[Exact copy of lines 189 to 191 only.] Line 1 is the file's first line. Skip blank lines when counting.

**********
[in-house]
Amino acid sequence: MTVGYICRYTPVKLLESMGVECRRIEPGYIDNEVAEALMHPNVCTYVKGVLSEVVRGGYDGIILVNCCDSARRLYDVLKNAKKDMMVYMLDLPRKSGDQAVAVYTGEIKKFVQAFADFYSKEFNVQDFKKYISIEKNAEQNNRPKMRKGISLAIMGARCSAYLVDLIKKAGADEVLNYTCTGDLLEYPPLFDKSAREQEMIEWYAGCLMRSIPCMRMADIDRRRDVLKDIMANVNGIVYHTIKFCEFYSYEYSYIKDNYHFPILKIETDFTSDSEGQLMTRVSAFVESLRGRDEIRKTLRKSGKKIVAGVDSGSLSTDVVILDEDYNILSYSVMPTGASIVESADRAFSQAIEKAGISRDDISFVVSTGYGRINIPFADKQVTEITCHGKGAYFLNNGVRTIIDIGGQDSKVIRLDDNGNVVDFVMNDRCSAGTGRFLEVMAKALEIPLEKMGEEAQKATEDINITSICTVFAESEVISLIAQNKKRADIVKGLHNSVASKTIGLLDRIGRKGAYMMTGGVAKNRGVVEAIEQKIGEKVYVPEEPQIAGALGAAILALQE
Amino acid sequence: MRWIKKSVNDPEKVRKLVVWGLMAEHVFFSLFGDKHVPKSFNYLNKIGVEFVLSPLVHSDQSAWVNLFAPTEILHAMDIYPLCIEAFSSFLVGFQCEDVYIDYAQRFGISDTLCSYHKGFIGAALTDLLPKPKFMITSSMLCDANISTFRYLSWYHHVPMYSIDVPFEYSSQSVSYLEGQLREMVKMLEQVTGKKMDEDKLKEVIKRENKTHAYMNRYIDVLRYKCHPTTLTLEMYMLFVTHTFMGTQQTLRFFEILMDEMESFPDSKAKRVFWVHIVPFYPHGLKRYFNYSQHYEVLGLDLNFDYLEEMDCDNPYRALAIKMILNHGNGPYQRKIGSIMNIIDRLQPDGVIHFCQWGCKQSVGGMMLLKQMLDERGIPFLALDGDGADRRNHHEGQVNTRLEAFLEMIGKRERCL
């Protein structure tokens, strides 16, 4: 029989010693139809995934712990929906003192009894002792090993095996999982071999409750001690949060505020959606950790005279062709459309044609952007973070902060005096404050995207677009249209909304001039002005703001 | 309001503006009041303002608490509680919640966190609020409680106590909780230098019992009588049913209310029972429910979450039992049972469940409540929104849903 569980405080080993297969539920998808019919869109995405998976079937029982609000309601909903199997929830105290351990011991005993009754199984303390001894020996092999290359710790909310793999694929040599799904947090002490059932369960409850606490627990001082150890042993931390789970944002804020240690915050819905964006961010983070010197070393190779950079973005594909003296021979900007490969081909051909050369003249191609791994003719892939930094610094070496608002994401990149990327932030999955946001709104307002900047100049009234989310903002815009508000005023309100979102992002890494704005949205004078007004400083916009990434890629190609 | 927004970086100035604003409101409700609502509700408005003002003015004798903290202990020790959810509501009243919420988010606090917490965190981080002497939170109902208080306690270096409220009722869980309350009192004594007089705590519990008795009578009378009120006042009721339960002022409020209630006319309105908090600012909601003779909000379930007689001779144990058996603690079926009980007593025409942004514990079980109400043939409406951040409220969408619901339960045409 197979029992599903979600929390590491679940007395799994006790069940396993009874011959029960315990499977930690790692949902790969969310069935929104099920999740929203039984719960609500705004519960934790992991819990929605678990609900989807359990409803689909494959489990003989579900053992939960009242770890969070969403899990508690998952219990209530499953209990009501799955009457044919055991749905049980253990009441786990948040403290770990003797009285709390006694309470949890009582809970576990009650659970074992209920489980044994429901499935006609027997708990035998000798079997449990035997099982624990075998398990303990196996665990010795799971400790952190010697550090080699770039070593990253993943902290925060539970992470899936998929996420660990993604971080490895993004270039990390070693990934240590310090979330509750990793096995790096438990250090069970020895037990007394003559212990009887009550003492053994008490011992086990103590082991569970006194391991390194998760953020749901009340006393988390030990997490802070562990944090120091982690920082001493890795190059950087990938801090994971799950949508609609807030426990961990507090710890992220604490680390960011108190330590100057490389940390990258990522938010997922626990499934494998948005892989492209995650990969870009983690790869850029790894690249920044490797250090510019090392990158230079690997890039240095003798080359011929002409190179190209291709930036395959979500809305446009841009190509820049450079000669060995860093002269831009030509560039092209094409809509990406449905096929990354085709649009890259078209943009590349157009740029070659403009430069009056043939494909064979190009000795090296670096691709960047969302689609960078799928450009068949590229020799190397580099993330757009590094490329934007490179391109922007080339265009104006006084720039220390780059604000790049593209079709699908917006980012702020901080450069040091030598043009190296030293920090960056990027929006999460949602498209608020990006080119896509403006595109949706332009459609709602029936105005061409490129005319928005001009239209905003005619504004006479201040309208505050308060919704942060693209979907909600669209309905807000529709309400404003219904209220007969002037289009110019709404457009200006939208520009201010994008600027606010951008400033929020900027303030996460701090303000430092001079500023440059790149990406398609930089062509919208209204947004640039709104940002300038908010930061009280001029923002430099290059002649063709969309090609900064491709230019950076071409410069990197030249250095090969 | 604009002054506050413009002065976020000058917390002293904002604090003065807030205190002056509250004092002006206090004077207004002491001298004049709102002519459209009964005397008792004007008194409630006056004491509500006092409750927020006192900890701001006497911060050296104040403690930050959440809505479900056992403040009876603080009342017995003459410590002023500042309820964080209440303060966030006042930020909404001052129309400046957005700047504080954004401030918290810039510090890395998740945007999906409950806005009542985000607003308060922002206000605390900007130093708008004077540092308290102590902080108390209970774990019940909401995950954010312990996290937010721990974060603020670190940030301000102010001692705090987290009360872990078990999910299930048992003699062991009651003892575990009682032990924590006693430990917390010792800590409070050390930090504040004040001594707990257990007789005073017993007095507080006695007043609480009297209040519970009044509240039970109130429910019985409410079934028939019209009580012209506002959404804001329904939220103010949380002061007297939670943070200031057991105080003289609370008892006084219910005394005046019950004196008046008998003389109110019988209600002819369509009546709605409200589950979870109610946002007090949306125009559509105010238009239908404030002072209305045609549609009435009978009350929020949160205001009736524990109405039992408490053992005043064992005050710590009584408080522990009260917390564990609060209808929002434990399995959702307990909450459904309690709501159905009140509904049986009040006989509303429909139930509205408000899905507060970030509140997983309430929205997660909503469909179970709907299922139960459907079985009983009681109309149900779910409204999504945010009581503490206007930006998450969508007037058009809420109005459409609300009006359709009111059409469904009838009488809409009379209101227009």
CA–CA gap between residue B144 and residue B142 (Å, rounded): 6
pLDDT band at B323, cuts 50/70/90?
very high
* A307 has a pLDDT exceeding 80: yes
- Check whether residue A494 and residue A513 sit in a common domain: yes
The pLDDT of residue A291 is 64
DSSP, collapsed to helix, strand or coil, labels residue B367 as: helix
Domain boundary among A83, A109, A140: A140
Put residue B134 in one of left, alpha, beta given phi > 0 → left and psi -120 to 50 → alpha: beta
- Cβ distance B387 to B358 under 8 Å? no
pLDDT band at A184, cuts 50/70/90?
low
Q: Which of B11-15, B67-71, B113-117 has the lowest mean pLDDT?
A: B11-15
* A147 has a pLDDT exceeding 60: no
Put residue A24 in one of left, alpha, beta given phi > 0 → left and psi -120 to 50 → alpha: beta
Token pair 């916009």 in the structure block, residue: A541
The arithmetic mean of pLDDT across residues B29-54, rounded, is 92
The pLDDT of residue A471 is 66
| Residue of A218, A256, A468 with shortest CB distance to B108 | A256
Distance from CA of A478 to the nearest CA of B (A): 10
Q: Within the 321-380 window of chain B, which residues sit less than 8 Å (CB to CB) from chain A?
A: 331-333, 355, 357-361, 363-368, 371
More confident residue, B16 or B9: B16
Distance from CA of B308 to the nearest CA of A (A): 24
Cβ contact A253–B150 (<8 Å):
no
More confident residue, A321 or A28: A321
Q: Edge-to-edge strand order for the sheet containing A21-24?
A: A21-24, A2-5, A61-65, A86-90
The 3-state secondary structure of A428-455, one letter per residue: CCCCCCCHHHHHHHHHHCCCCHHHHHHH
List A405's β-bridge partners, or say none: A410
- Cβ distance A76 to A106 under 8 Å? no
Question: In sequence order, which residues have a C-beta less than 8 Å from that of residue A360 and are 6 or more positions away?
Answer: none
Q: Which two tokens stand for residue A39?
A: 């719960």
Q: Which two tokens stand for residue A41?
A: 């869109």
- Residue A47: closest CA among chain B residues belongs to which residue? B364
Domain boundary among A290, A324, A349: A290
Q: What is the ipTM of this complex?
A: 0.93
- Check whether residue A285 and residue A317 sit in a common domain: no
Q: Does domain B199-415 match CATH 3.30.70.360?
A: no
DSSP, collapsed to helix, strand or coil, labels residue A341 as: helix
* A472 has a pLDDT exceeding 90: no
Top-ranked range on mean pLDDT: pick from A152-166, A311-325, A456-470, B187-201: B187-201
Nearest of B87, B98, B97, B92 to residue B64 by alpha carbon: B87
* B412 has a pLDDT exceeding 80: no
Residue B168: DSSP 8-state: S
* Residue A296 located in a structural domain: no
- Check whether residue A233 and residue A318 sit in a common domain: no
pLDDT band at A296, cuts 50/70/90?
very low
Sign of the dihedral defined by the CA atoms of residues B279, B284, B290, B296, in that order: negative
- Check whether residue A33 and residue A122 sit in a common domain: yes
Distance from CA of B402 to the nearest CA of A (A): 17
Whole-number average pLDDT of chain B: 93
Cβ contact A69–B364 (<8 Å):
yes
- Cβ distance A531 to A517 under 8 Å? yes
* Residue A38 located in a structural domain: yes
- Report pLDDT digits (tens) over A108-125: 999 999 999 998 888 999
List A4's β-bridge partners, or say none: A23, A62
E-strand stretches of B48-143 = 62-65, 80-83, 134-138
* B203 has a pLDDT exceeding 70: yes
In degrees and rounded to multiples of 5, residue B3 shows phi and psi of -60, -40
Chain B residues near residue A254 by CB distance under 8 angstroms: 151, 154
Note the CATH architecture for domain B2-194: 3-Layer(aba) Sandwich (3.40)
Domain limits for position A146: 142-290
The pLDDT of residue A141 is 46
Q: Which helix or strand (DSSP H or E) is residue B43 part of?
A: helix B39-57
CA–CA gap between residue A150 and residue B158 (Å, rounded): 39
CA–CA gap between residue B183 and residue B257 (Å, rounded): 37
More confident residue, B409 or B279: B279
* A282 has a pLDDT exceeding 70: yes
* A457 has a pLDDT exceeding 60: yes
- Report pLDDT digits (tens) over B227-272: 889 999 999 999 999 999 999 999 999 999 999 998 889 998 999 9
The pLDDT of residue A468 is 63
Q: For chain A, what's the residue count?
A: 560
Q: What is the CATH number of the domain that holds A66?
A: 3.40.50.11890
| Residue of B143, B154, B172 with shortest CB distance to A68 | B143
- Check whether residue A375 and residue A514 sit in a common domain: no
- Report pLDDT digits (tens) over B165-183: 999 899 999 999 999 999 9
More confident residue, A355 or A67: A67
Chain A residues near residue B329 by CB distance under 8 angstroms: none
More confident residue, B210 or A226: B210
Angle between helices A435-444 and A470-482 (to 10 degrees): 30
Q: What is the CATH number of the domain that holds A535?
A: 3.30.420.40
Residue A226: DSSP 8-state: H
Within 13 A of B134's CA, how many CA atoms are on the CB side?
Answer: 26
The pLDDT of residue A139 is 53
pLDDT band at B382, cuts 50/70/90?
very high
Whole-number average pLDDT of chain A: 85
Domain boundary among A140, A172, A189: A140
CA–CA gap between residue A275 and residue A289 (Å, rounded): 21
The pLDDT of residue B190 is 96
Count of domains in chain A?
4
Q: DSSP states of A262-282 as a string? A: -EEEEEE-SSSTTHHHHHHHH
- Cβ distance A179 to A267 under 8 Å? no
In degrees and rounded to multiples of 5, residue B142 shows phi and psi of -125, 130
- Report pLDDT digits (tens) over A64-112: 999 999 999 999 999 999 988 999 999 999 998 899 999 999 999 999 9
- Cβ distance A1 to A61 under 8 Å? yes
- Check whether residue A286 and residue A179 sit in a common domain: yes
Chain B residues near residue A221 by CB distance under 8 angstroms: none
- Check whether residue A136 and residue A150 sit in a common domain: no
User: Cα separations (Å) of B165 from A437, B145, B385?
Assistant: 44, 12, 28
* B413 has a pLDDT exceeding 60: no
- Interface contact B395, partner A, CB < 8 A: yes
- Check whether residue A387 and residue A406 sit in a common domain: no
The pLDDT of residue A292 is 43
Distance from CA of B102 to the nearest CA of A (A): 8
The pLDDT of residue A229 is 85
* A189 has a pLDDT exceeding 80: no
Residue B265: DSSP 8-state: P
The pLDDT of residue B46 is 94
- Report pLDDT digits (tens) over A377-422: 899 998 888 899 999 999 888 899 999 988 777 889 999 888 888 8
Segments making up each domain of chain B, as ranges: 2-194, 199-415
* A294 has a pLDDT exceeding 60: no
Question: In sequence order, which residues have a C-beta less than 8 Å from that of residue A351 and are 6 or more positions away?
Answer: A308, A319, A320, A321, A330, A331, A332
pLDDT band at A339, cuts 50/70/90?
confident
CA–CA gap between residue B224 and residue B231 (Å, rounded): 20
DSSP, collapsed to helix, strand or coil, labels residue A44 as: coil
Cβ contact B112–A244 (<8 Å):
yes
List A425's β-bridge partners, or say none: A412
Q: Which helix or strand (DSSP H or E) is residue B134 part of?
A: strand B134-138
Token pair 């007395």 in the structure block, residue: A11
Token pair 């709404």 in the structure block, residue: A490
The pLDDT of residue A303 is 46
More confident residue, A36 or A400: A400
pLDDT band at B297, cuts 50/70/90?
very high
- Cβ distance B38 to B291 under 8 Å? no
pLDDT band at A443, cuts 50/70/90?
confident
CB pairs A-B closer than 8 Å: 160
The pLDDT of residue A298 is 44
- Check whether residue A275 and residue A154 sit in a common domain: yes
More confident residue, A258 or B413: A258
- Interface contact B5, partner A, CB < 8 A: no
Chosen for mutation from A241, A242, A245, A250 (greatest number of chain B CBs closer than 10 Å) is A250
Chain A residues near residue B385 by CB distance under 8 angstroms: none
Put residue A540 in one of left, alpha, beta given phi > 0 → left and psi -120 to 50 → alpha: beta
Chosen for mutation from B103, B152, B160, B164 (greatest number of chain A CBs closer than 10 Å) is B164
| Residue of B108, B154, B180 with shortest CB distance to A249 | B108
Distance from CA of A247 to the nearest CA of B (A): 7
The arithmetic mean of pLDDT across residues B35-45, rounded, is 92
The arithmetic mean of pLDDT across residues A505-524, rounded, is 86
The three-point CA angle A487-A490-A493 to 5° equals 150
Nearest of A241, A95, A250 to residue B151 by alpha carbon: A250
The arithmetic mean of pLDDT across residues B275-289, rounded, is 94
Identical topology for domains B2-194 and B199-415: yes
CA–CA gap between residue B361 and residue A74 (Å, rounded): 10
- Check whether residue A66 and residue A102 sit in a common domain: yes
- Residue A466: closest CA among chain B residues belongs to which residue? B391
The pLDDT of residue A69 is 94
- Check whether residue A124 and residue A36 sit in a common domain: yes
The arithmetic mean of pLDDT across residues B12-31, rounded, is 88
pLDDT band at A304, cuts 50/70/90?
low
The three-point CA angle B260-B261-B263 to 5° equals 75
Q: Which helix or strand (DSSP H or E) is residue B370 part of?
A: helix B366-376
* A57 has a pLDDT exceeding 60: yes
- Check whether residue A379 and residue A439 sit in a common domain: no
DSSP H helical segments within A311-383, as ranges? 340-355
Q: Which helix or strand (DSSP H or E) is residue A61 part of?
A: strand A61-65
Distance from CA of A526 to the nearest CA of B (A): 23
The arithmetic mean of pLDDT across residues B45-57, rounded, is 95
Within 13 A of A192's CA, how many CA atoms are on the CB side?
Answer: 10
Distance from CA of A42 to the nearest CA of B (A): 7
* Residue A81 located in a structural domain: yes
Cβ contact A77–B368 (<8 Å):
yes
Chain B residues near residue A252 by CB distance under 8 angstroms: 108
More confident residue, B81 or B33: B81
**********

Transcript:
Within 13 A of A192's CA, how many CA atoms are on the CB side?
Answer: 10
Distance from CA of A42 to the nearest CA of B (A): 7